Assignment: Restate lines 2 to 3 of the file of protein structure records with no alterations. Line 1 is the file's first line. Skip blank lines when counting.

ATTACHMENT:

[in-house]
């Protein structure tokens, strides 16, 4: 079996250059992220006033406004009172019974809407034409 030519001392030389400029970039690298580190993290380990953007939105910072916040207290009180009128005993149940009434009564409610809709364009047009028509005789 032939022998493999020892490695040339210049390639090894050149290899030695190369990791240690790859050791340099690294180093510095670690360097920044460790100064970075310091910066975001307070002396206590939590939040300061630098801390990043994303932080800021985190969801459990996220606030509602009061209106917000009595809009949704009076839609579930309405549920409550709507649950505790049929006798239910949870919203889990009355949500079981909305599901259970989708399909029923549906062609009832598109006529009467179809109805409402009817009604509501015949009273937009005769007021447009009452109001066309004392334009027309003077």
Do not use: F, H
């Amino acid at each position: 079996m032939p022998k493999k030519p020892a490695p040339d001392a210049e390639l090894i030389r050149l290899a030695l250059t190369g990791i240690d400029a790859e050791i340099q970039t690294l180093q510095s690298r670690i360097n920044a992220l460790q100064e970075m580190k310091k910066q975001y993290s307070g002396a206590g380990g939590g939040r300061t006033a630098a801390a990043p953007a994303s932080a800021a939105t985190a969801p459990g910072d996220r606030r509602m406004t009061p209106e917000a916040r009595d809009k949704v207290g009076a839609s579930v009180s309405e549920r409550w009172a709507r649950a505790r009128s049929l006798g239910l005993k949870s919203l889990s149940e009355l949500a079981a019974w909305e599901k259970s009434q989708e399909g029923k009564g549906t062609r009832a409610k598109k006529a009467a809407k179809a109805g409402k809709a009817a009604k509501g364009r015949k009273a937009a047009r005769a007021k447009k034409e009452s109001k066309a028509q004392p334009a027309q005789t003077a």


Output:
């Protein structure tokens, strides 16, 4: 079996250059992220006033406004009172019974809407034409 030519001392030389400029970039690298580190993290380990953007939105910072916040207290009180009128005993149940009434009564409610809709364009047009028509005789 032939022998493999020892490695040339210049390639090894050149290899030695190369990791240690790859050791340099690294180093510095670690360097920044460790100064970075310091910066975001307070002396206590939590939040300061630098801390990043994303932080800021985190969801459990996220606030509602009061209106917000009595809009949704009076839609579930309405549920409550709507649950505790049929006798239910949870919203889990009355949500079981909305599901259970989708399909029923549906062609009832598109006529009467179809109805409402009817009604509501015949009273937009005769007021447009009452109001066309004392334009027309003077």
Do not use: F, H